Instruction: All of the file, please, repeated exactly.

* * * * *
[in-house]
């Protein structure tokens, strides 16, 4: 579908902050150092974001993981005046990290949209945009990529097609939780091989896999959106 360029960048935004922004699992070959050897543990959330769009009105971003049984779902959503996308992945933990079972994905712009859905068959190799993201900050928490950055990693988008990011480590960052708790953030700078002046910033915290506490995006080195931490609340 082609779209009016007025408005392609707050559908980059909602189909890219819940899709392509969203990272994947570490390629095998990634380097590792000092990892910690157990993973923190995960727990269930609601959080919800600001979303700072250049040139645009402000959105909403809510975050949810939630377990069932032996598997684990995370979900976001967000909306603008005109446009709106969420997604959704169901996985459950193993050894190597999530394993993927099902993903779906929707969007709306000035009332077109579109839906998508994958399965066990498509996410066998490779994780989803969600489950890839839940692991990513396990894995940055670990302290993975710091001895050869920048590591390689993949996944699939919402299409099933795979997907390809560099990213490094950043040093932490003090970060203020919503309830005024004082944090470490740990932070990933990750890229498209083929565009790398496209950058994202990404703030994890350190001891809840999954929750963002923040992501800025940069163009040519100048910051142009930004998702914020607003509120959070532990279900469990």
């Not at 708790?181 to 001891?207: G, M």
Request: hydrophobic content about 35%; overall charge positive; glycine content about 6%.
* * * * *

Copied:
[in-house]
């Protein structure tokens, strides 16, 4: 579908902050150092974001993981005046990290949209945009990529097609939780091989896999959106 360029960048935004922004699992070959050897543990959330769009009105971003049984779902959503996308992945933990079972994905712009859905068959190799993201900050928490950055990693988008990011480590960052708790953030700078002046910033915290506490995006080195931490609340 082609779209009016007025408005392609707050559908980059909602189909890219819940899709392509969203990272994947570490390629095998990634380097590792000092990892910690157990993973923190995960727990269930609601959080919800600001979303700072250049040139645009402000959105909403809510975050949810939630377990069932032996598997684990995370979900976001967000909306603008005109446009709106969420997604959704169901996985459950193993050894190597999530394993993927099902993903779906929707969007709306000035009332077109579109839906998508994958399965066990498509996410066998490779994780989803969600489950890839839940692991990513396990894995940055670990302290993975710091001895050869920048590591390689993949996944699939919402299409099933795979997907390809560099990213490094950043040093932490003090970060203020919503309830005024004082944090470490740990932070990933990750890229498209083929565009790398496209950058994202990404703030994890350190001891809840999954929750963002923040992501800025940069163009040519100048910051142009930004998702914020607003509120959070532990279900469990």
């Not at 708790?181 to 001891?207: G, M």
Request: hydrophobic content about 35%; overall charge positive; glycine content about 6%.